WASHINGTON, June 9, 2016 - House Republican leaders are backing off their promise to allow a wide open amendment process on appropriations bills. The Energy-Water spending bill failed last month when conservatives deserted the legislation because of a Democratic amendment on gay and transgender rights.

House Rules Chairman Pete Sessions, R-Texas, says he’s no longer going to allow the House to debate amendments that are “poison pills.” By saying that, he primarily means amendments that would be so controversial that they would cause Republicans to join Democrats in opposing the spending bills on final passage.

In the first test of the new policy, Republicans are blocking the House from debating the gay rights amendment on the Legislative Branch spending bill, which will be on the House floor today. Allowing the amendment to be considered again would kill the bill, and “that does us no good,” Sessions said.

The new policy on amendments should smooth the way for the House to take up appropriations bills important to food and agriculture interests, including the Agriculture bill which funds USDA and FDA, and the Interior-Environment measure. The Agriculture bill is ready for debate on the floor. The House Appropriations Committee is expected to vote on the Interior-Environment bill next week.

Conaway: Policy first on SNAP, not cuts. Democrats are criticizing the House GOP’s anti-poverty plan as repackaged ideas for slashing welfare assistance, But House Agriculture Chairman Mike Conaway tells Agri-Pulse that the Republican plan steered clear of proposing spending cuts to emphasize the need for new policies that would lift people economically. “If all we do is start every conversation about how much we’re going to cut, then you never actually talk about the policy,” Conaway said. 

The 35-page plan made only a brief mention of the Supplemental Nutrition Assistance Program, a reference to the need for work requirements for able-bodied beneficiaries. There was notably no mention of the longstanding GOP proposals to turn SNAP over to the states to run.

Conaway expects to have data by the next Congress from a series of pilot projects that are testing various ways of moving SNAP recipients into employment or better-paying jobs. He says the project results will be used in designing the nutrition title of the next farm bill.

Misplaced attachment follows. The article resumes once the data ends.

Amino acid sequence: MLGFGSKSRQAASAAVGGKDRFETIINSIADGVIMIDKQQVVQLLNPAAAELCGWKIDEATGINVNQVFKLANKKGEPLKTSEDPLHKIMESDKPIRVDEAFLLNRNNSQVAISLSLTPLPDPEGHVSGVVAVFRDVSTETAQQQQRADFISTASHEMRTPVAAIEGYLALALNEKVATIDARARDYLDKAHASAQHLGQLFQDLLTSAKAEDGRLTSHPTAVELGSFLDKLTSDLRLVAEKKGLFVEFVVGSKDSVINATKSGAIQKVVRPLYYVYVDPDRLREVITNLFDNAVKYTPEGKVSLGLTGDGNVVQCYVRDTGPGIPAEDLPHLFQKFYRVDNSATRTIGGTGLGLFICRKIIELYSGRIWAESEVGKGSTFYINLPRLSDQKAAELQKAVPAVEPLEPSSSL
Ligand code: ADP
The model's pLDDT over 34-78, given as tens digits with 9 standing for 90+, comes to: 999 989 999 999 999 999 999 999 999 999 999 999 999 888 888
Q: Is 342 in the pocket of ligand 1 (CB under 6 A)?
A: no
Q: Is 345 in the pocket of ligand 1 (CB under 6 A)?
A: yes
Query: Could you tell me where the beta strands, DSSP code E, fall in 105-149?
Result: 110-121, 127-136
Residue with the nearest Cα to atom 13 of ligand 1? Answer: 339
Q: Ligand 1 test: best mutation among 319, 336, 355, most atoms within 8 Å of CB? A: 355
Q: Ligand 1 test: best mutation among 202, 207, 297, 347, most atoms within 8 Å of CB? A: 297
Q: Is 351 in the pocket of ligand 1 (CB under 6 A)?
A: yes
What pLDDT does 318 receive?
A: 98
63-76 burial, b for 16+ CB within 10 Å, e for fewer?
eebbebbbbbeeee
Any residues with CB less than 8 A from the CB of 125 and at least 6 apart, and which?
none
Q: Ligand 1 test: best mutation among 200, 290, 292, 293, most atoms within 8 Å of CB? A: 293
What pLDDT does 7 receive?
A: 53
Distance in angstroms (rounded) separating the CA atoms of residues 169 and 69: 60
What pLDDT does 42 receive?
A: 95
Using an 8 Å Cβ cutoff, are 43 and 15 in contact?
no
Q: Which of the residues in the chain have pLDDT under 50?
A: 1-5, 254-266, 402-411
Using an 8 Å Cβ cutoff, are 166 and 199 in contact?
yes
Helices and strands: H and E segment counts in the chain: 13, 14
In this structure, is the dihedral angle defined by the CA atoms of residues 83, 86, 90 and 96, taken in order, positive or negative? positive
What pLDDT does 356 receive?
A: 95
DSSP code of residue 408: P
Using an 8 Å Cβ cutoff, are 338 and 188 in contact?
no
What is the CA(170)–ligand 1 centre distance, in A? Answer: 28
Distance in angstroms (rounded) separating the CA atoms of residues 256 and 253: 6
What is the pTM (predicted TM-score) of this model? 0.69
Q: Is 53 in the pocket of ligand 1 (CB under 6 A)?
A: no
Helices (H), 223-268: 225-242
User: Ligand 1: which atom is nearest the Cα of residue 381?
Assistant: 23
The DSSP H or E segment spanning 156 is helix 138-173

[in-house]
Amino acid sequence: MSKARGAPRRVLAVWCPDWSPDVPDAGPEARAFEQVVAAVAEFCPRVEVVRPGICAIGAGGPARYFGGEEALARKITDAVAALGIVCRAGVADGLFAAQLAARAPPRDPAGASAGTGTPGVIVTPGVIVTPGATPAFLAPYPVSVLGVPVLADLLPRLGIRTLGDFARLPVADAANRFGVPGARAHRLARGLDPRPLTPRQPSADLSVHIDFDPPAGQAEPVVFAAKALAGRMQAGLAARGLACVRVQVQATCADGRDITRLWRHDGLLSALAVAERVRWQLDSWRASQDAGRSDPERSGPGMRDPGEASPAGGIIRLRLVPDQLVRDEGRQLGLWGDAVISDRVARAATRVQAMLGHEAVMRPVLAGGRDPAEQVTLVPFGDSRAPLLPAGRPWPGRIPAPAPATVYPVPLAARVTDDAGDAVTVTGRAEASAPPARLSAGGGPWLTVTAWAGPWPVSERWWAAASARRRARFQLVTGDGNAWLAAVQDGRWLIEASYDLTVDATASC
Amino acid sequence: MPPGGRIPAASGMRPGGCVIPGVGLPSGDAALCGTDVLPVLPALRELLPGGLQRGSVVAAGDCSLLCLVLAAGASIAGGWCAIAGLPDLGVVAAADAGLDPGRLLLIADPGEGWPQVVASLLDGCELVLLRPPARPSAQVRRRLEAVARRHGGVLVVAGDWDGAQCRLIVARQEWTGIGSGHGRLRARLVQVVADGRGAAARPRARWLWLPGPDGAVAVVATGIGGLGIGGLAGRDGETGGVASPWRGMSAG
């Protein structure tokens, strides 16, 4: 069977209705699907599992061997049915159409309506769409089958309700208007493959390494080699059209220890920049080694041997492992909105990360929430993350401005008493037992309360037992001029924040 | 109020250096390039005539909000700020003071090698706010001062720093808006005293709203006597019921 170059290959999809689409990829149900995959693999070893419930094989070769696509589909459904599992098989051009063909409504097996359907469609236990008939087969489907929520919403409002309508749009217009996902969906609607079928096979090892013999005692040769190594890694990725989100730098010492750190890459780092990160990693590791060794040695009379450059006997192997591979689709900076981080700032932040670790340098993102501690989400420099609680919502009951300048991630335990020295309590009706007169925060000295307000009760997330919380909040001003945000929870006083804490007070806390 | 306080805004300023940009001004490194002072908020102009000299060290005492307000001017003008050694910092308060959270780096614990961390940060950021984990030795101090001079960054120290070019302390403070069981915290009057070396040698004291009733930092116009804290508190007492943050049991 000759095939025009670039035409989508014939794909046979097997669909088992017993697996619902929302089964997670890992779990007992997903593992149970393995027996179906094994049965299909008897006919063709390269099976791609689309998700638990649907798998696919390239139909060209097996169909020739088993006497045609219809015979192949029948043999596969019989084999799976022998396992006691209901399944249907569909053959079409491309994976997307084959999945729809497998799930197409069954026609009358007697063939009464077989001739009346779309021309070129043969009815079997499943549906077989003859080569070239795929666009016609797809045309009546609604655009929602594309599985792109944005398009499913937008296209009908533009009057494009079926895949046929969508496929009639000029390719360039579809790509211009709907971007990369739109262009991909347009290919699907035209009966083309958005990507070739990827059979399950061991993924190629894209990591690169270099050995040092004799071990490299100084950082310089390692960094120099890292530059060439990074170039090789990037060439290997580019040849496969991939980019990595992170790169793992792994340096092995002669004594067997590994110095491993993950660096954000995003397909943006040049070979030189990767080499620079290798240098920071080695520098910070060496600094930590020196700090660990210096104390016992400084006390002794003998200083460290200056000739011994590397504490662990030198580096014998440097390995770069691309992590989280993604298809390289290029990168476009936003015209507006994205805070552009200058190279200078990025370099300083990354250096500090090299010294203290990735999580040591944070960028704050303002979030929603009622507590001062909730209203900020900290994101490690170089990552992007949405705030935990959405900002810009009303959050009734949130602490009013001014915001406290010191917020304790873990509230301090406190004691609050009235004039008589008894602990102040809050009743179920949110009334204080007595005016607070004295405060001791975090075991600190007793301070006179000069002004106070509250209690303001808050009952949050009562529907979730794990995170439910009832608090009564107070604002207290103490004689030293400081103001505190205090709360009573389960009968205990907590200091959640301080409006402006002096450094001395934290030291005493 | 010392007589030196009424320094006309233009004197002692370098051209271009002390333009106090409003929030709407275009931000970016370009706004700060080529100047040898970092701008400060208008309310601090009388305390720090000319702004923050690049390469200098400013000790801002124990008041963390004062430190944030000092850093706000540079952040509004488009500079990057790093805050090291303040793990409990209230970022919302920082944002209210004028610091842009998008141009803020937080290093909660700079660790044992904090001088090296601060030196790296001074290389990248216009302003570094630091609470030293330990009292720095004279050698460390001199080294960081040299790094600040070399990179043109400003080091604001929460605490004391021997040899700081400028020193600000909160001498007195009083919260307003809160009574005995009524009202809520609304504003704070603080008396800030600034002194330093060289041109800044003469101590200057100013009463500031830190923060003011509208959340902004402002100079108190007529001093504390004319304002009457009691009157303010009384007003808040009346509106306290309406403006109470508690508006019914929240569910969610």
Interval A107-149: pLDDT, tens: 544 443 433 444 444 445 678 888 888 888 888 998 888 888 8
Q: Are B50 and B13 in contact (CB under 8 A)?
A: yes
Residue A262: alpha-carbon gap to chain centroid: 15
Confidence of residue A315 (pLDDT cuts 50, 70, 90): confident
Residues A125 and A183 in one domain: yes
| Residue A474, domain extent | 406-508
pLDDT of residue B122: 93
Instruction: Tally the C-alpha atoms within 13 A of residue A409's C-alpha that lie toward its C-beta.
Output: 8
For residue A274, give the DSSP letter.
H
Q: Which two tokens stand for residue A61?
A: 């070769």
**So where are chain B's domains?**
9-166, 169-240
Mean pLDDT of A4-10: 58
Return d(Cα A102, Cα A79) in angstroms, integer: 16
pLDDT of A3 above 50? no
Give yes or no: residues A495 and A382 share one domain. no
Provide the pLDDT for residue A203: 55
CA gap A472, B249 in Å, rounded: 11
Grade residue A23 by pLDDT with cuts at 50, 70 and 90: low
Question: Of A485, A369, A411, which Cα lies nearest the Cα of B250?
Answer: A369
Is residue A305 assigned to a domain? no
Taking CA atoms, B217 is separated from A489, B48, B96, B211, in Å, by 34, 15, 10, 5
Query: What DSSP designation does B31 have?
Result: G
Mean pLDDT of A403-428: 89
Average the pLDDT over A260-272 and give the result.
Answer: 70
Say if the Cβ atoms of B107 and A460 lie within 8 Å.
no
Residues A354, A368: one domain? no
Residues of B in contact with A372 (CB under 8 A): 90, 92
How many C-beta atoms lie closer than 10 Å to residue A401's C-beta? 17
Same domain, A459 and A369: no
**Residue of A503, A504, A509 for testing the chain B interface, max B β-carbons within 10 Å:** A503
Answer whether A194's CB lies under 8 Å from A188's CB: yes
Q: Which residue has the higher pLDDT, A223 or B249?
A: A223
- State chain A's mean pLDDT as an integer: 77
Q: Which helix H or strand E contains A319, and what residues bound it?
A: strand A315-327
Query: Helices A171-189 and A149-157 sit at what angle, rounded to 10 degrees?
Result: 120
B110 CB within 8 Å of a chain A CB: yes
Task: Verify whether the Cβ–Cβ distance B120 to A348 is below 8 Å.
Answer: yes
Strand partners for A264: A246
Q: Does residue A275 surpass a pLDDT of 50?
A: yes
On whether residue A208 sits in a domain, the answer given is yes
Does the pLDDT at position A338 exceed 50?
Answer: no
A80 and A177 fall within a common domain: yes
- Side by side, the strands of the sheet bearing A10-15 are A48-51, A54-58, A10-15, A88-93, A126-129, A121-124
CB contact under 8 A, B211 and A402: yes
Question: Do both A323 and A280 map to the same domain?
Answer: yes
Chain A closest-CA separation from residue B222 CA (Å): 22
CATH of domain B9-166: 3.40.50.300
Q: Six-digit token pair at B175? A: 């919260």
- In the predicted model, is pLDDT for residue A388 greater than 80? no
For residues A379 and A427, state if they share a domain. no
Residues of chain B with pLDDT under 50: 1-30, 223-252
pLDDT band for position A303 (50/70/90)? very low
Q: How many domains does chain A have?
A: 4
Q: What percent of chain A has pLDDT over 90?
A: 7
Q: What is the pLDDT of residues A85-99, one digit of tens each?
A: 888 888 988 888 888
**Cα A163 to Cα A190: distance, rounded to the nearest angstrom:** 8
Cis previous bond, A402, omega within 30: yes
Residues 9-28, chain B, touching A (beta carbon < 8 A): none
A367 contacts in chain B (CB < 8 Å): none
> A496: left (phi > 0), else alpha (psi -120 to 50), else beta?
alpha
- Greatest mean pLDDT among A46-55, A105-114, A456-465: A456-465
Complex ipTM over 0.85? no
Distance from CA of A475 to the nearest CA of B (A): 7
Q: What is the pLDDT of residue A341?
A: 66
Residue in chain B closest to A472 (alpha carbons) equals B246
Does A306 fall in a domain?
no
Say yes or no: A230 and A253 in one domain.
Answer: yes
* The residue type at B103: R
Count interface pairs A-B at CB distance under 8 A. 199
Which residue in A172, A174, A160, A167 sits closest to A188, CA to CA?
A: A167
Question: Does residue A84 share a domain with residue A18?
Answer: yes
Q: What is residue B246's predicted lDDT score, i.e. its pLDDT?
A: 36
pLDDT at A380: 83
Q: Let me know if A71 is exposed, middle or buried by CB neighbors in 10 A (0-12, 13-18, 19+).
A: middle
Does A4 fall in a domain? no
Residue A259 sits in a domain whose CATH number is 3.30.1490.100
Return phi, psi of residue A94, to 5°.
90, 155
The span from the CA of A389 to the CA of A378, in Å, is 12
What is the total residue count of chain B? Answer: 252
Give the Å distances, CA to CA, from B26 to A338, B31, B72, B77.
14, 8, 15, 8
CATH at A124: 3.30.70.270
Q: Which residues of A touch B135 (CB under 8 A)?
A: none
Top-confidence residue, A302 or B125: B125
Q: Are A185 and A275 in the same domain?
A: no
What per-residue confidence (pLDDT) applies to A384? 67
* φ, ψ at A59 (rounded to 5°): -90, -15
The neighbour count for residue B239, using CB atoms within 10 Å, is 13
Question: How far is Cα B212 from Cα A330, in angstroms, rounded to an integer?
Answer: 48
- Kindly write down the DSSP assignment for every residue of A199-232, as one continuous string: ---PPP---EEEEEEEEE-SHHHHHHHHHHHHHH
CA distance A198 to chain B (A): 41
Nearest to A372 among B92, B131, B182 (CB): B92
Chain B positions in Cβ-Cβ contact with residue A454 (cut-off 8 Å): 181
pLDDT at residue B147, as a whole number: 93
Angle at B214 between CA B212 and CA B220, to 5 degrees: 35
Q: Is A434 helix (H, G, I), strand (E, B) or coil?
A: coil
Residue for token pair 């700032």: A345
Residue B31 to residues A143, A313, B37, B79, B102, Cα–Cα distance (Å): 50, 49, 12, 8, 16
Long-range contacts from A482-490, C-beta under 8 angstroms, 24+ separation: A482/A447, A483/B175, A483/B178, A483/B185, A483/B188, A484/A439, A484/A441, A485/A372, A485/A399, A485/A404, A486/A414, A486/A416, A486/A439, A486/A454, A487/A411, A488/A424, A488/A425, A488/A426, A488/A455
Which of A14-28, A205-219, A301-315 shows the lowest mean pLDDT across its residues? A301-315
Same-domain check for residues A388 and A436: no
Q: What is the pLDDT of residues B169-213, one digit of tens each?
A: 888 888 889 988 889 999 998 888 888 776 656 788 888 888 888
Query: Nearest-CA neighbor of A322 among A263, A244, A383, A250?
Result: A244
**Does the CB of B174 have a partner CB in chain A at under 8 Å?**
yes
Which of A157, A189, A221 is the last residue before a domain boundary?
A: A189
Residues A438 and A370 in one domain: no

Iowa Senate race: farmer vs. farmer. Hillary Clinton’s historic clinching of the Democratic presidential nomination in Tuesday’s primary elections overshadowed some notable race results in Iowa. Patty Judge, who served as Iowa’s agriculture secretary when Tom Vilsack was governor of the state, won the Democratic nomination to face Republican Sen. Chuck Grassley in November. 

A few Iowa Democrats think Judge is too close to the state’s agriculture interests, but she argued during the campaign that her farm background would allow her to match Grassley when it comes to agriculture experience. Judge won about 47 percent of the vote in a four-person race. She and her family have owned a cow-calf operation in southern Iowa for more than 40 years. 
Iowa congressman Steve King easily won his GOP primary race with 65 percent of the vote. King angered some agriculture and ethanol interests because of his aggressive support for Texas Sen. Ted Cruz in Iowa’s presidential caucuses.

Indian PM gives shout-out to Borlaug. Indian Prime Minister Narendra Modi’s well-received speech yesterday to a joint session of Congress included a nod to Nobel Peace Prize laureate Norman Borlaug, whose advancements in plant breeding are credited with saving a billion people from starvation. “The genius of Norman Borlaug brought the Green Revolution and food security to my country,” Modi said. 

Modi also talked about what he said was the mutual benefit of trade between India and the United States. He said he’s committed to improving India’s economy, and that’s going to require a “vibrant rural economy with a robust farm sector.”
But one of Modi’s most popular lines may have been when he noted that 30 million Americans practice yoga. Modi quipped that India had not “yet claimed intellectual property rights” over yoga.

No salt, no sugar? No problem. Cooking without salt isn’t easy, but the corn dish that students at a high school on Chicago’s south side presented yesterday showed it could be done. Marconi Gibson, a senior at the school, was among high school culinary students from big cities around the country who got to show off a range of healthful recipes on Capitol Hill.

The dishes Gibson’s group featured included a spicy corn dish that had no salt, a requirement of the competition. He said that the students used cilantro and lime to bring out the flavors. “You’ll think that it’s salt, but it’s not,” he said. The students were not allowed to add salt or sugar to their recipes, he said. Other dishes included a slaw devised by students in Los Angeles that was seasoned with cumin and lime juice. Students in Houston showed off a Chicken Philly sandwich.

The recipes were produced in a contest sponsored by the Pew Charitable Trusts and the Healthy Schools Campaign to promote healthful school meals. 

Meanwhile, First Lady Michelle Obama has announced the winners of the Healthy Lunchtime Challenge, a nationwide recipe contest that’s intended to promote cooking. The 56 winners, who represent all U.S. states, five territories and the District of Columbia will be recognized at a White House dinner on July 14.

He said it. “Who’s going to define what is a poison pill? I may like that poison.” - Rep. Alcee Hastings, D-Fla., complaining that GOP leadership had decided to block consideration of amendments that could prevent spending bills from passing.


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